Greetings to all in the Love of Jesus Christ:
Many of us just celebrated the day of Thanksgiving, or as the holiday is called in Spanish: el Día de Acción de Gracias. Thanksgiving is both a myth and a concept, both an American holiday and a Christian practice. Join with me in some Thanksgiving reflections.
Like many of you, I grew up with the myth of Thanksgiving – that 400 years ago the pilgrims and “Indians” came together in perfect harmony to share a feast and give thanks to God for their survival. Every year in school, some of us would dress up like pilgrims, some like “Indians,” and we would sit in the classroom and re-enact the blissful scene of peaceful unity. The Church enriched my appreciation of Thanksgiving, emphasizing how gratitude and “counting our blessings” puts us in right relationship both with God and with each other. I loved the day, loved the concept, and loved the vision of all God’s children dwelling in unity.
Education continues throughout life, however, and of course I eventually learned that the reality behind the myth was less idyllic. While our schoolteachers painted a picture of peace and harmony, words like “domination” and “enslavement” and “genocide” are more accurate descriptions of the relations between European colonizers and native and imported peoples. Celebrating Thanksgiving is more complicated for me now. I still find gratitude to be a path to peace, and I still love the vision of God’s children dwelling together in unity. But I don’t want to celebrate a myth and pretend that all was well when it wasn’t. I don’t want to spread a thin veneer of happiness over the injustice and atrocities that native peoples and enslaved Africans experienced.
Recently our Mission Focus team discussed the word “unity” – a prominent word in Disciples history. Talking about “unity” can sometimes feel like the myth of Thanksgiving, like we are trying to promote a superficial happiness, ignoring the realities of life’s difficulties. But sometimes “unity” feels more like “prophetic unity” – challenging the divisions of our world, bringing us together in honesty, our eyes open to reality but our hearts open to change. “Prophetic unity” challenges us to be awake, to listen to and see the struggles others are facing, to make what changes we can to bring about a more just world.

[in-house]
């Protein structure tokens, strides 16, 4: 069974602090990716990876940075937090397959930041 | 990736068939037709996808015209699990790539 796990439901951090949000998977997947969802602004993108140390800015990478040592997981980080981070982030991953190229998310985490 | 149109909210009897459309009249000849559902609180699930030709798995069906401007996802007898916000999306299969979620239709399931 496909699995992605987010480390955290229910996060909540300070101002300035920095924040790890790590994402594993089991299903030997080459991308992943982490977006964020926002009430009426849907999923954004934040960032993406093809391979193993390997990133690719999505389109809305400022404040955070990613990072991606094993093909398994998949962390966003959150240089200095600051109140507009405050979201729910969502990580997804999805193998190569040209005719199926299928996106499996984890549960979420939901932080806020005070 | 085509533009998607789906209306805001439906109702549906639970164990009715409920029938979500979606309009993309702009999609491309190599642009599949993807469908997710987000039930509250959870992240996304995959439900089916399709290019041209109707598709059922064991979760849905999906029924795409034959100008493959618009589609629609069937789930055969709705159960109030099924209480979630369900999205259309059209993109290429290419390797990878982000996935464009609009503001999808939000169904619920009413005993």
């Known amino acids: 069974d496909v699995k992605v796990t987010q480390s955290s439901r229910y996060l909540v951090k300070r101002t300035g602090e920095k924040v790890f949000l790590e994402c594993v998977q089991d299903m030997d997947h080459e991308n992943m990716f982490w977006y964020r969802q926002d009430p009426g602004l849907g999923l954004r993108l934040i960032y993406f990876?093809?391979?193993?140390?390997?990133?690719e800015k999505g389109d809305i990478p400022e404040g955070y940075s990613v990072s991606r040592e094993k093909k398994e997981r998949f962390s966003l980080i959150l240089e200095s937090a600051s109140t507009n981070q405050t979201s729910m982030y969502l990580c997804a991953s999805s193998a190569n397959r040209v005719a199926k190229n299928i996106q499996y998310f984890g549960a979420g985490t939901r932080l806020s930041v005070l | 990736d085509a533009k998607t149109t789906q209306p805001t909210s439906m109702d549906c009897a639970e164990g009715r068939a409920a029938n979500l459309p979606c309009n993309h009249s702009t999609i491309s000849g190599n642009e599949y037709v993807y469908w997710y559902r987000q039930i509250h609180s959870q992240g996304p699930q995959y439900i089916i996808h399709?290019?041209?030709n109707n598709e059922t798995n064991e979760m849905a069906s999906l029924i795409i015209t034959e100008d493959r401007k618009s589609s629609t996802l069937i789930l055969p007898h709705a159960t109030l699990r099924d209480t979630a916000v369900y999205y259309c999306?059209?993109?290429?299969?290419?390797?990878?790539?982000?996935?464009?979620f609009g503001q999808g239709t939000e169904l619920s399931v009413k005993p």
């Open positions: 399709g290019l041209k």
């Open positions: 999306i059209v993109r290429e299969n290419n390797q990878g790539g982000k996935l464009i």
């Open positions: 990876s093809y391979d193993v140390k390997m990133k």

On January 15, the Saturday of MLK weekend, I hope you will join us for a Regional event that is intended to be one of prophetic unity. We are calling it a “Regional Gathering,” or Juntos, which is the Spanish word for “together.” We will gather for worship, a meal, and a world-café-style series of substantial conversations with fellow Disciples across the state. In ways, as you sit around a table with people from different churches and people of different skin colors, it might feel like a re-enactment of the myth of Thanksgiving, where all people come together and share in harmony. But our goal is not to promote superficial niceness. Our goal is to begin to build and deepen authentic relationships between all of us. I hope you will join us as we seek to practice prophetic unity – you’ll find the registration at www.azdisciples.org.
And in the meantime … Dios les bendiga!
Regional Minister and President, Christian Church in Arizona
We invite you to pray for the following congregations in the coming months. Visit our Regional Calendar of Weekly Prayers for our annual list.
5 Sun City Christian Church (Sun City) led by Pastor Gary Luallin
12 First Christian Church (Mesa) led by Pastor Liz DeWeese
19 Community Christian Church (Tempe) led by Pastor Bob Howard
26 The worldwide church